Source: Star Beacon
Originally Posted on March 25th, 2019 by BRIAN HAYTCHER
NORTH KINGSVILLE — Work has begun on the Risberg Pipeline as crews have started clearing land in Pennsylvania and Ohio.
The $86 million natural gas pipeline expansion project includes a 28-mile expansion of a pipeline that now ends in Meadville, Pennsylvania. New, 12-inch pipe will stretch in a northwestern direction through Pennsylvania before entering Ohio in Conneaut near Baldwin Road. Once in Ohio, the pipe will extend another 12 miles through stretches of Conneaut and Kingsville Township before reaching its end in North Kingsville near the CSX Railway crossing on Route 193.
“The project in earnest is still in Pennsylvania,” Dennis Holbrook, spokesperson for RH energytrans, said.
There also is some work happening in Ohio at the meter station in North Kingsville, where the pipeline will end. The project currently employs more than 170 people, and Holbrook expects that number to rise above 200 before the project finishes.
RH energytrans has set up a camp in Kingsville, just north of Interstate 90, he said. The camp will act as a staging area, and also has temporary office facilities and portable restrooms.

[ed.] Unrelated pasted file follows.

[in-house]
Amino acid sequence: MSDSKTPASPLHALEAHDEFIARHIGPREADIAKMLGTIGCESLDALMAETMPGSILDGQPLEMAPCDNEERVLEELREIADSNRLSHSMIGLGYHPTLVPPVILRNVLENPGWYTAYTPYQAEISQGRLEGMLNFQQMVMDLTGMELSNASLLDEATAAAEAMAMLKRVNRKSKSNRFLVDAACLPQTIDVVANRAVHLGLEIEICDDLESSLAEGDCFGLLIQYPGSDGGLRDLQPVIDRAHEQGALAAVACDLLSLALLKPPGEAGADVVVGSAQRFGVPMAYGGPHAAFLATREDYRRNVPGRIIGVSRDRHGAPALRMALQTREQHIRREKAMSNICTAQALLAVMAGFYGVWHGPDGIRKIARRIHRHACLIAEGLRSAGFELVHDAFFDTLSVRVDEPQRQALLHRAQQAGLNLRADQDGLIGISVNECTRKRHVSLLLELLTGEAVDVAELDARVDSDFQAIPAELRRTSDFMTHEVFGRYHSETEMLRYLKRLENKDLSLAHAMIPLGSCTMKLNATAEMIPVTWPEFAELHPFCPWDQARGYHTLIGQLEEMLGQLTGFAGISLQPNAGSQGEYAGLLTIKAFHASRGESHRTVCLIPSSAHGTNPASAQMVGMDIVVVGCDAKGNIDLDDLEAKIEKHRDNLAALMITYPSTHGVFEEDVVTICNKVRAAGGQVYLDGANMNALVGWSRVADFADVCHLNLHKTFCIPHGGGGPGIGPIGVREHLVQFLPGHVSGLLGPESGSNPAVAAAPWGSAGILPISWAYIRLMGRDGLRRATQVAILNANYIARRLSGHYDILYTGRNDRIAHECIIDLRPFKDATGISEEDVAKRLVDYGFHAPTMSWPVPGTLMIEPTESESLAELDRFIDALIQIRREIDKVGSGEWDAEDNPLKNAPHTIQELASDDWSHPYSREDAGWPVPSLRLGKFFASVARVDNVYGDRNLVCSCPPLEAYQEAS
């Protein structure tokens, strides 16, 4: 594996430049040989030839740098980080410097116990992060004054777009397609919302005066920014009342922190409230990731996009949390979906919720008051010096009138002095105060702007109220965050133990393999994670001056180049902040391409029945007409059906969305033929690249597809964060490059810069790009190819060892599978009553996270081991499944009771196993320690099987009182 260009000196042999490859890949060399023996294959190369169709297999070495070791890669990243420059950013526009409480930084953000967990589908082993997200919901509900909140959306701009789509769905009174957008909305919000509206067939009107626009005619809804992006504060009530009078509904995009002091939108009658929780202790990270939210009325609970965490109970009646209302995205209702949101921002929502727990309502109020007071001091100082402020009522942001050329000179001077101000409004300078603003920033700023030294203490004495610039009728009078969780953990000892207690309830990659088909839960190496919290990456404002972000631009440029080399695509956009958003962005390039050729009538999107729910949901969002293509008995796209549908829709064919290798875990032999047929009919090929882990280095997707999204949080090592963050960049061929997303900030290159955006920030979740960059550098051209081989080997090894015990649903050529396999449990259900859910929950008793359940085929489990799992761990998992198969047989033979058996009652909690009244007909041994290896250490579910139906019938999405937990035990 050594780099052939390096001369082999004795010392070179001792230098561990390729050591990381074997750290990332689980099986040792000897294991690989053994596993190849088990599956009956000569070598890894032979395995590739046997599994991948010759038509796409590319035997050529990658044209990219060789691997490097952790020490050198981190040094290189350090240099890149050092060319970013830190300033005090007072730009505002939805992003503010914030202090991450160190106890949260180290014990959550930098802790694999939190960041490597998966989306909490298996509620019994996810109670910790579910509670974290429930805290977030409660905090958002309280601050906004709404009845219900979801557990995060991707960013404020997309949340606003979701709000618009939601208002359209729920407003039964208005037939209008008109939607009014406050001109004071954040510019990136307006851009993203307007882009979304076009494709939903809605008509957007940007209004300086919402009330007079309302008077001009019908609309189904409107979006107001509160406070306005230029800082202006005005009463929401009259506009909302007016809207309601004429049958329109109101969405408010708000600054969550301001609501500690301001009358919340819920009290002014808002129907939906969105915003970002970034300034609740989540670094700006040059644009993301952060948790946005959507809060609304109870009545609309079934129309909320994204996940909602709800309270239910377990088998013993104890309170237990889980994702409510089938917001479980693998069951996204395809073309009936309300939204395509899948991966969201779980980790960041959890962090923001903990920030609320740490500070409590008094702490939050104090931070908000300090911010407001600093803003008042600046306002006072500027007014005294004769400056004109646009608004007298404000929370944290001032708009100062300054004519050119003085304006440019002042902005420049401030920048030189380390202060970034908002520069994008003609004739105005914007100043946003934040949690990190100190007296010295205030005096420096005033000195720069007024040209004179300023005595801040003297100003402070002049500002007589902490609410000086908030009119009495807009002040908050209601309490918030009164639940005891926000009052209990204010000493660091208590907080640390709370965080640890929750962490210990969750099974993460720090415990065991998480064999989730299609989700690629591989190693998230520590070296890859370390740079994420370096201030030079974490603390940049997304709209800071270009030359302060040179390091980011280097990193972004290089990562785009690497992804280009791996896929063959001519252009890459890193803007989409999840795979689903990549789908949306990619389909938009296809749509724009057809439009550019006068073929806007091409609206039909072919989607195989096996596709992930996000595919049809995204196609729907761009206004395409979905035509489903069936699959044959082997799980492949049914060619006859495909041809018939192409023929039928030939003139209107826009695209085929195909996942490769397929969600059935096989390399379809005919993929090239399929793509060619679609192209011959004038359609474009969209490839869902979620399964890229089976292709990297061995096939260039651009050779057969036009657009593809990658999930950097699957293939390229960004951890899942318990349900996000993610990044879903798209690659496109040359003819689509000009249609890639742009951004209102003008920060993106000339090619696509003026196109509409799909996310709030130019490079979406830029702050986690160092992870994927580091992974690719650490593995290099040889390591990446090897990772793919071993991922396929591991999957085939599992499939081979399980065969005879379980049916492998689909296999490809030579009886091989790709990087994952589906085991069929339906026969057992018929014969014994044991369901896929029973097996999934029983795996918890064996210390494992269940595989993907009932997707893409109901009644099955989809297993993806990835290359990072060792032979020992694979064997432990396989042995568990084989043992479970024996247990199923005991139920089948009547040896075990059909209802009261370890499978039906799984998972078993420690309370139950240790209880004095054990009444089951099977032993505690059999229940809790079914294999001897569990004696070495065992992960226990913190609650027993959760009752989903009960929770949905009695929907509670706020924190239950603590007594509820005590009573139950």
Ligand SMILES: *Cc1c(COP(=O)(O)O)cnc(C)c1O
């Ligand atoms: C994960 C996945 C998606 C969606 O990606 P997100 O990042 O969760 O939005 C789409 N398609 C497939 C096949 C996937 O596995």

“The biggest challenge right now is getting cooperation from the weather,” Holbrook said.
If the weather cooperates, he said, the project should be completed sometime in the early summer.
Local municipalities and villages have been preparing for the start of construction for some time.
“We’ve been talking to (RH energytrans) for a long time,” Conneaut City Council President Debbie Newcomb said. “They’ve seemed very willing to work with us.”
In North Kingsville, the village street superintendent will be the point of contact with the construction teams.
“We’re very happy to see a large infrastructure project like (the pipeline),” North Kingsville Mayor Tim Zee said. “They basically have half the village to go through.”
RH energytrans has touted the pipeline’s effect on the local economy, including using western Pennsylvania trucking companies, having construction teams staying in local hotels and eating at local businesses, seeing an increase in business for local vendors and hiring local contractors for the project.
In addition, Holbrook said, many of the tourist cottages along the shore of Lake Erie were seeing an increase is business because of workers coming in from out of town.
“It’s a long time coming,” Newcomb said. “We’ve been looking forward to this.”
You may view the original article HERE